From where I stand: “We fight prejudices by raising our voices”

Photo: UN Women/Elif Gulec
Alexandra Tomasevic, 25, is an aspiring journalist, a literature student in Belgrade, Serbia, and she has cerebral palsy. Tomasevic has advocated for children and youth with disabilities since she was a young girl, and is a participant of UN Women’s mentoring program.

"I am one of ten mentors at the mentoring program where we get paired with other women with disabilities. Our job is to be a support system for our mentees and help them make their ideas come to life, improve the quality of their lives, and claim their rights to education and employment. If they are victims of violence, we help them get out of that situation and empower them to go through life on their own despite all the challenges they face.We give them guidelines instead of providing them with specific, ready-made solutions, because we want to empower them to empower themselves. That is our mission.
It’s important for women with disabilities to realize that they are not alone. The objective of this project is empowerment of women with disabilities by women with disabilities like me. We want to show our mentees how women with disabilities are just like all other women, equally strong and capable to achieve their goals in any way that theywish to.
The biggest problem is that we are always marginalized in some way as people with disabilities and face stigma. As a woman living with cerebral palsy, which is a physical disability, I can see how much people look at me differently, especially young people, which is surprising. I think this is because of fear, lack of knowledge and lack of information. They feel they should have a special approach toward us, as if we need special treatment to be who we are and to function in society. We need people to understand that there are some things that are different about us, but this just means that we have our own way of accomplishing things. Ittakes a bit more time and support, but we can achieve everything we set our minds to.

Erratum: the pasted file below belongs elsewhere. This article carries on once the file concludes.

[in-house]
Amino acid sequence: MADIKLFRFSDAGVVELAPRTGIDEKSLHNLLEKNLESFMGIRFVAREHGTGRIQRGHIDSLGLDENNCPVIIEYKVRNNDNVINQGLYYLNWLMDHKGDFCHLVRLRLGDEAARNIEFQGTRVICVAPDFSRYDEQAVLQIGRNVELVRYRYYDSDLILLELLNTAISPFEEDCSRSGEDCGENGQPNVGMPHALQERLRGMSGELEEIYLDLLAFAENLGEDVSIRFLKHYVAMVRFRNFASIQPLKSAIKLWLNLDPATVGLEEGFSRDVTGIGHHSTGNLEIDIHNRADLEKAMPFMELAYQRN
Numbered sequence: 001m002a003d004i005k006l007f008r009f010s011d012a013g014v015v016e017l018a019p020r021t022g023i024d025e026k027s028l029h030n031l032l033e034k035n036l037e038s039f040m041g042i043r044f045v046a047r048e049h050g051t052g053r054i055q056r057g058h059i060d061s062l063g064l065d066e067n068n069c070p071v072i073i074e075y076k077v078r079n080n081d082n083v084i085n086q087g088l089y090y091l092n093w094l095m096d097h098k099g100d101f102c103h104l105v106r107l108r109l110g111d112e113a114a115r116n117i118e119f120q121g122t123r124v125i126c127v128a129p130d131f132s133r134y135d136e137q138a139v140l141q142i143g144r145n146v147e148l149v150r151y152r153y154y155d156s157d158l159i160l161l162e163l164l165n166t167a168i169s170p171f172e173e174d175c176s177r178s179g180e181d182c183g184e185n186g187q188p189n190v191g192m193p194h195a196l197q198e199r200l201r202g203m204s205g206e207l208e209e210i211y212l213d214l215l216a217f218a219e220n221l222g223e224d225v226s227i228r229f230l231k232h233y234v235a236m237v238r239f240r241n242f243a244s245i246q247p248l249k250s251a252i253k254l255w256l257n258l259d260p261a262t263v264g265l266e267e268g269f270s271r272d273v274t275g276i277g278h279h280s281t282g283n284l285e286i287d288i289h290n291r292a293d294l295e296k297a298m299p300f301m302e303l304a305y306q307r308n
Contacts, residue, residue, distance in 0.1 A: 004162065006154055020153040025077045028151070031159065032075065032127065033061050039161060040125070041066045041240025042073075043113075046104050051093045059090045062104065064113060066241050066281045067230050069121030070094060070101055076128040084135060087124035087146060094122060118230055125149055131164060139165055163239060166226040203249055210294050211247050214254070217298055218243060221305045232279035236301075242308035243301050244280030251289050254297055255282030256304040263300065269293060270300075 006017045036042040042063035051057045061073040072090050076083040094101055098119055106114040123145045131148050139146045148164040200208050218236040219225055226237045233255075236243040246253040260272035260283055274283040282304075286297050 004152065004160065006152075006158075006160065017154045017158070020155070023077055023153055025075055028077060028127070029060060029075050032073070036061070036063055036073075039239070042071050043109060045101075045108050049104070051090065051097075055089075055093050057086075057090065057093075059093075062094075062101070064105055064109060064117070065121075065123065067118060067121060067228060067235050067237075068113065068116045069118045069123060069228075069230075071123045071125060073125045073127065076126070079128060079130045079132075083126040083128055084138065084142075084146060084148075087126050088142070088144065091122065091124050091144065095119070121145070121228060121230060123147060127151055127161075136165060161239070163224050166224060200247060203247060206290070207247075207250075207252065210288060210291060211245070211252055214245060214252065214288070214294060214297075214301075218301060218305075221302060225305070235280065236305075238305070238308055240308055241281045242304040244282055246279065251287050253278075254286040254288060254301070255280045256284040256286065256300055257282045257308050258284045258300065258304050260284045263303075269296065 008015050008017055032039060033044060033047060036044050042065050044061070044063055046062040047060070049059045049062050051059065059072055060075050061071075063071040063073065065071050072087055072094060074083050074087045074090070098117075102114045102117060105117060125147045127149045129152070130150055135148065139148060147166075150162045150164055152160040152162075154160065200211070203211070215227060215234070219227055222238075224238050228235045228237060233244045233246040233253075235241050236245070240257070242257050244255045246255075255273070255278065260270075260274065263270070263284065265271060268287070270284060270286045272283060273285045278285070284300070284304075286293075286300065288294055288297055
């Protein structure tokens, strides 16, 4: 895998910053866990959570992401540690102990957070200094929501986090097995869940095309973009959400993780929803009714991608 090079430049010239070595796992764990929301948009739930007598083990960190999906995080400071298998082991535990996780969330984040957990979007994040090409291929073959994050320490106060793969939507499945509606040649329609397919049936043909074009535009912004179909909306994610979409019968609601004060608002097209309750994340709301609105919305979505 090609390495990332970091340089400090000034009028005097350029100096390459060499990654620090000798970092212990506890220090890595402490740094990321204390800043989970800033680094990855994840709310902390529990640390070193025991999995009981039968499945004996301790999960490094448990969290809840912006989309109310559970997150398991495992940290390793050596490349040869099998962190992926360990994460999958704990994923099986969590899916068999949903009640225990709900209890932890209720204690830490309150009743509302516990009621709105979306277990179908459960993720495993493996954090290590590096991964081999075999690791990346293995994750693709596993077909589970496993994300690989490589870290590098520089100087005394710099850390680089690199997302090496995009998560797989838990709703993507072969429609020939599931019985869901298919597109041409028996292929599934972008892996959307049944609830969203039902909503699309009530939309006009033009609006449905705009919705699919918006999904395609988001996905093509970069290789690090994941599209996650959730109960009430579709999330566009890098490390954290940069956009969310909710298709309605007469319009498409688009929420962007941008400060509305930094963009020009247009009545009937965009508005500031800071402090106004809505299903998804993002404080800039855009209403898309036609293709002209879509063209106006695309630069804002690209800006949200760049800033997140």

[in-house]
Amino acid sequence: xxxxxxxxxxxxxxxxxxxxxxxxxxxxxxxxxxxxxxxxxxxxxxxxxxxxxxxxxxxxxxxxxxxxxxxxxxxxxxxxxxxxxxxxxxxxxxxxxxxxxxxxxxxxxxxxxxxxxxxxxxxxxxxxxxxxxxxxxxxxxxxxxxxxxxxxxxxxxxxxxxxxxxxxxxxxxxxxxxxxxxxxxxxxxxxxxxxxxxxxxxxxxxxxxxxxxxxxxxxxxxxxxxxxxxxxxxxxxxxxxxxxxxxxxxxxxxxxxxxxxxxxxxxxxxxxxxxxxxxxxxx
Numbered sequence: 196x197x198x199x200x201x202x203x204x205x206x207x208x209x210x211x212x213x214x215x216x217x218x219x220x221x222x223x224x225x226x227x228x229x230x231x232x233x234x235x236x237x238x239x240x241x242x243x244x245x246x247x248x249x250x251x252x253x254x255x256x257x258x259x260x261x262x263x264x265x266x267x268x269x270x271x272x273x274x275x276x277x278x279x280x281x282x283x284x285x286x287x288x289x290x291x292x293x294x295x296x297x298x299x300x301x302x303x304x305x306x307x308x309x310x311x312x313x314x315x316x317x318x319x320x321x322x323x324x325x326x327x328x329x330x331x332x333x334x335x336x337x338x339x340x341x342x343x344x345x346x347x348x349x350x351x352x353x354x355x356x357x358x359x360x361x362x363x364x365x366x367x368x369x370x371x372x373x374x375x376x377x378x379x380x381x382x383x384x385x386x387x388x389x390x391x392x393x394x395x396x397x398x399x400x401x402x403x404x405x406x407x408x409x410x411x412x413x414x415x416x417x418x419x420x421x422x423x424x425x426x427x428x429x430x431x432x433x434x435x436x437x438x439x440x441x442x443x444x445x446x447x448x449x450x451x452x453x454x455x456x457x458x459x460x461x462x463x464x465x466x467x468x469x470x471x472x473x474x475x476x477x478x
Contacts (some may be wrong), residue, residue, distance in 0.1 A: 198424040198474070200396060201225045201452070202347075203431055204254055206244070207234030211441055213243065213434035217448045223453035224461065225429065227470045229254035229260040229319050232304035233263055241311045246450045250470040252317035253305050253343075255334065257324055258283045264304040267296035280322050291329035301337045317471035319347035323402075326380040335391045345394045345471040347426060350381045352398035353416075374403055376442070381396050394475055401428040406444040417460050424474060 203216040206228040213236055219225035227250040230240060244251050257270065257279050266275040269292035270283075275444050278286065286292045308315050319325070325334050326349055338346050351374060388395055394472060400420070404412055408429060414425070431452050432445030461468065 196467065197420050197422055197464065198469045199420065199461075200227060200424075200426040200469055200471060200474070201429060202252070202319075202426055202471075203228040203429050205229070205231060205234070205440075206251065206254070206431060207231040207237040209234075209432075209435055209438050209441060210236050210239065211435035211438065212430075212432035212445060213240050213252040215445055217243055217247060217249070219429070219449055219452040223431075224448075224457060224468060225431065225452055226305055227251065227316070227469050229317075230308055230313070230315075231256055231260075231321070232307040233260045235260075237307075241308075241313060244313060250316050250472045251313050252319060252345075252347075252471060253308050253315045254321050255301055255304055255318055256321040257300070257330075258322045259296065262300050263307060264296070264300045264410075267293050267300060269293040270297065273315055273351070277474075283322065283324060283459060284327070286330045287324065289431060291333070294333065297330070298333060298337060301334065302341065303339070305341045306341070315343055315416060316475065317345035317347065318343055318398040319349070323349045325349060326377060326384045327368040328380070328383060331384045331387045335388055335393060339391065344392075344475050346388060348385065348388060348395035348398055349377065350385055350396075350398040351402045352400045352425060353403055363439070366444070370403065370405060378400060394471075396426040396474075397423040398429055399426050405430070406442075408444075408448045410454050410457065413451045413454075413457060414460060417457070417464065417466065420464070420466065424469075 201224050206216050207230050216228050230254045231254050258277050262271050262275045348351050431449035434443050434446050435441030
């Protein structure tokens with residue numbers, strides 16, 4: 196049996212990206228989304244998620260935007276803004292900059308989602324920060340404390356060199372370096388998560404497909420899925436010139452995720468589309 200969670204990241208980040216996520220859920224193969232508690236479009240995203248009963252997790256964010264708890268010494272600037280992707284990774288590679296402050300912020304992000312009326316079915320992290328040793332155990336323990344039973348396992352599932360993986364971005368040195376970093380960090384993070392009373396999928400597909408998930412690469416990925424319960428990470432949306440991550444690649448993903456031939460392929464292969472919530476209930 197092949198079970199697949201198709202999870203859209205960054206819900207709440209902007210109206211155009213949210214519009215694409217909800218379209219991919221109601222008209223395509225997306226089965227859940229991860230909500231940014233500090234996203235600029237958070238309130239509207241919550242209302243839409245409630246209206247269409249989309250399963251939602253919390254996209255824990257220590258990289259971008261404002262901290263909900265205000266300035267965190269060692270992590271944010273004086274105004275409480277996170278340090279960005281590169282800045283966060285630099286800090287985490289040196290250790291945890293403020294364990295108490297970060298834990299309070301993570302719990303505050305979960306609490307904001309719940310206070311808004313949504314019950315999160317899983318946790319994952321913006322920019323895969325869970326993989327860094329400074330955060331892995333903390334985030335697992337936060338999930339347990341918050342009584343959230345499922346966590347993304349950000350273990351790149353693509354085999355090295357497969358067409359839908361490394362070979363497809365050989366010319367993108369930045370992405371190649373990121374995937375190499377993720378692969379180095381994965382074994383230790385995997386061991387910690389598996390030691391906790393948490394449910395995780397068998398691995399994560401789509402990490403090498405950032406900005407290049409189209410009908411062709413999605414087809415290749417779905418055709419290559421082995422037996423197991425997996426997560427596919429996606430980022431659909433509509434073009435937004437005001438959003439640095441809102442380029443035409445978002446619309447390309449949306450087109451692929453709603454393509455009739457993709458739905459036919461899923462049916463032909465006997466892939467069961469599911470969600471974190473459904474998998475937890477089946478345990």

We fight prejudices by raising our voices. It is important to find support, because when there are more of us, we can make our voices heard. So, talk, discuss, have an open mind, and an open heart. That is the only way you can reach people. Be free to speak up for yourself.”

Alexandra Tomasevic is a vocal disability rights advocate in Belgrade, Serbia. In 2018, she became a mentor at UN Women’s "Mentoring Program for Women and Girls with Disabilities”, implemented by FemPlatz and Women’s Peace Group Pancevo (WPG). As part of the project “Autonomy, Voice and Participation of Persons with Disabilities in Serbia”, jointly implemented by OHCHR, UNDP, UN Women, UNFPA, ILO and funded by UN Partnership on the Rights of Persons with Disabilities (UNPRPD), the Mentoring Program motivates young women with disabilities to improve their lives, assists them with career and professional development, and raises public awareness about their success and the challenges.